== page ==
How To Write A DJ Bio

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DJ and promoter Will Bradbury explores what makes a good DJ bio stand out - from how to introduce yourself as a DJ to how it fits into your wider marketing strategy.

If, like myself, you aren’t the best at bigging yourself up, this might not be the most exciting chore to have to tick off when you’re starting out as a DJ. You may tell yourself it's not even important - who reads this stuff anyway?

Well, when you start getting booked, people are going to want to know a little bit about you, particularly promoters who are putting you on their bill and hopefully introducing you to a new audience.

You might already have a handful of mixes out there on SoundCloud but to attract listeners, you’ll want a bit of text that hooks them in and encourages them to go listen to your stuff.

When you do get signed, your manager/booking agent can take care of your whole DJ press kit but until then, you’re going to have to do the work yourself.

Starting Points

London Sound Academy defines a DJ bio as just this:

‘A piece of text that introduces you as an artist, your background, your style of music, your accolades, your achievements, what you’re currently doing and your future plans.’

Perhaps you haven’t even really thought about a lot of this before, so it's a good time to ask yourself questions like: What do I want from my DJ sets? Why do I play the music that I do? What are my goals, long and short-term? These are all things that should be included in a DJ Bio.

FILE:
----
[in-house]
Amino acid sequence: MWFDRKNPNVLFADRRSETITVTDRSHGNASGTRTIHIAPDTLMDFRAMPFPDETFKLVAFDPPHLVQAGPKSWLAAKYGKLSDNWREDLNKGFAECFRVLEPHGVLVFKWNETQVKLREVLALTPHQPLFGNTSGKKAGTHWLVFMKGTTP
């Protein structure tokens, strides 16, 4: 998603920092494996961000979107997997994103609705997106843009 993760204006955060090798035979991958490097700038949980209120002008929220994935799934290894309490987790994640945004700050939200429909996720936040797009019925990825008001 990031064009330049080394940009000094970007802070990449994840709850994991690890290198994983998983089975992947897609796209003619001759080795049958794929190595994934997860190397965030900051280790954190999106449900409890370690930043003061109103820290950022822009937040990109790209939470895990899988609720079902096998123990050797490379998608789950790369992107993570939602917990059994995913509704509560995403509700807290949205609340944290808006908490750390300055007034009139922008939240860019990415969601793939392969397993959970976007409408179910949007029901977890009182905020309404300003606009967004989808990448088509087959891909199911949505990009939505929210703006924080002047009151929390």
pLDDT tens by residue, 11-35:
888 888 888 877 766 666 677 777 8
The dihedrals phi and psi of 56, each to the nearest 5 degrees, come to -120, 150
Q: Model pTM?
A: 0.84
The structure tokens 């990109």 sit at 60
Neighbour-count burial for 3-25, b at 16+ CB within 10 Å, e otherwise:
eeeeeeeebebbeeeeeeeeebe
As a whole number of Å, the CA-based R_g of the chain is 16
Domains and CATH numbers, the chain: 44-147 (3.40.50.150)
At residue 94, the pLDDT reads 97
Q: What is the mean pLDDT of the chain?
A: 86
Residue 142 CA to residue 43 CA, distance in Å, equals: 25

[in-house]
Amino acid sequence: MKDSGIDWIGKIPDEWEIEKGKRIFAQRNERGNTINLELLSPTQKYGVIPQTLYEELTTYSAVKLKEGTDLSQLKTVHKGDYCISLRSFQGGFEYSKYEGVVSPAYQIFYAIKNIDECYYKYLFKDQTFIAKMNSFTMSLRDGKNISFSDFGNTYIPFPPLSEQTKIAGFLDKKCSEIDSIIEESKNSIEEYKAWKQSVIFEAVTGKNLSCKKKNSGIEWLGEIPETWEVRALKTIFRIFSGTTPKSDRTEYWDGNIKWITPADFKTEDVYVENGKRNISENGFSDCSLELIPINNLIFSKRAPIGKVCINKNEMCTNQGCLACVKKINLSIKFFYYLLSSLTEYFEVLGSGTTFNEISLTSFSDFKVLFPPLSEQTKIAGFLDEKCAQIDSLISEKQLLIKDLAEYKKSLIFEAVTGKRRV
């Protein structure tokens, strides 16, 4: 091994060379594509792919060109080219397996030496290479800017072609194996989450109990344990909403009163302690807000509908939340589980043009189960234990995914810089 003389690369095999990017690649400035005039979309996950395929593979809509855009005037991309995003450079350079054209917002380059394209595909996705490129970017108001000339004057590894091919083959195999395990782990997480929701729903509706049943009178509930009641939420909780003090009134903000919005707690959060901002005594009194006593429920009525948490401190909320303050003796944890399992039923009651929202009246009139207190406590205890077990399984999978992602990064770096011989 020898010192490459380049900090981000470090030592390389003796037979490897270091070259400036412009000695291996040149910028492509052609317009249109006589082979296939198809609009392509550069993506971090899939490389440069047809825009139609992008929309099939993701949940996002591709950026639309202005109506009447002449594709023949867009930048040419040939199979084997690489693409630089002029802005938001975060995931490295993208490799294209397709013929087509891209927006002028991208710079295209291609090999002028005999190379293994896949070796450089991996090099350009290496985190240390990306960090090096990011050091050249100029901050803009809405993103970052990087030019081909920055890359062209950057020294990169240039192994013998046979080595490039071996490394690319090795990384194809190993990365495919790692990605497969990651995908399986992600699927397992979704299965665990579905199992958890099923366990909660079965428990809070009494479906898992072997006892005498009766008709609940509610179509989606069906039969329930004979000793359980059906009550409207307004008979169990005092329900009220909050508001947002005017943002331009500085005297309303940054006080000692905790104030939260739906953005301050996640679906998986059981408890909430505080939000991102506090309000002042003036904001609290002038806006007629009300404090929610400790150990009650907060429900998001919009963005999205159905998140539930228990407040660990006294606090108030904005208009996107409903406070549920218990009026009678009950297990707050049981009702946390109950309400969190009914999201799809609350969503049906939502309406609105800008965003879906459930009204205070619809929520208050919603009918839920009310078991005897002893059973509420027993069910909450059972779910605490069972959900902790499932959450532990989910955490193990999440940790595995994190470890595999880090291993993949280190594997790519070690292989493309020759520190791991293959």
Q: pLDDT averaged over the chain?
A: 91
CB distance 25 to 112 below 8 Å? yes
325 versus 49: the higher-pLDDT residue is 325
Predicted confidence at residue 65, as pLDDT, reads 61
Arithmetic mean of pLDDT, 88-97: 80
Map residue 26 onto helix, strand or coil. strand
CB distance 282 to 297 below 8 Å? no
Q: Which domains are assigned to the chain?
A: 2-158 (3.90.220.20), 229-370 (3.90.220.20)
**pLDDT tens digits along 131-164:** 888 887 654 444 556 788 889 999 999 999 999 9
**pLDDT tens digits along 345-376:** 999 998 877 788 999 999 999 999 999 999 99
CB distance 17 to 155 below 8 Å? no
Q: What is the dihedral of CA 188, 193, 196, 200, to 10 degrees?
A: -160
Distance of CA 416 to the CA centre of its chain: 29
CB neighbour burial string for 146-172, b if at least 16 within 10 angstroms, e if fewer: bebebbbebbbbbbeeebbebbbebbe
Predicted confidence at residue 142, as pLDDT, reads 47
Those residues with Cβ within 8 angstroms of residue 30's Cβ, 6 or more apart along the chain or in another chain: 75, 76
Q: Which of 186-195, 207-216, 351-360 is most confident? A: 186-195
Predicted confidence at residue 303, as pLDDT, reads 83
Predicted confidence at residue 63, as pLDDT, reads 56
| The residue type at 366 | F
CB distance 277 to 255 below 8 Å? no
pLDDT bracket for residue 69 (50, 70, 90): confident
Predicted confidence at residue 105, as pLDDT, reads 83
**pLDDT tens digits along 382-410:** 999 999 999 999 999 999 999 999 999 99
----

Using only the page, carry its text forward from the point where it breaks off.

Write a list, including some of the best sets/clubs you’ve played, mixes you’ve recorded and what other artists/labels/scene you are associated with (only who you actually are, not who you want to be). I would also strongly recommend asking for advice from anyone you know who has done this before, or anyone in the music industry who might be able to help - after all, it’s often hard to know how you come across to others.

As all great artists steal, this is another area which is no different - have a scroll through RA/some booking agency websites and check out your favourite artists’ bios to get a feeling of the style you want to go for. Obviously, you can’t actually steal the line ‘a regular at Berghain’s Panorama Bar’ (unless you are), but it’ll definitely give you a good idea of what you should and shouldn’t be including in your bio, albeit maybe with a less impressive list of credentials.

Putting Pen To Paper

Once you’re clear in your own mind, it's time to get writing. When you’re starting out, you’ll want to keep to around 300 words, or half a side of A4 paper, and would suggest formatting it as below. And as any PR specialist will tell you, it's good to bear in mind the rule of 3 - a writing principle psychologically proven to produce memorable and effective narratives.

1. Intro & Slogan A couple of short sentences that are short and snappy, hitting the reader with who you are and what you do.

It’s really important to pack as much punch in this intro as you can - think: if the reader or promoter were only going to remember one thing from reading the bio, this is it. What makes you unique? Avalon Emerson’s is short as Triple Scorpio Supernova, which is not only very memorable, but says all you need to know really - an idea of her interests (a nerdy obsession with astrology), her sound (extraterrestrial, synth-heavy, otherworldly) and a bit of her sense of humour and character.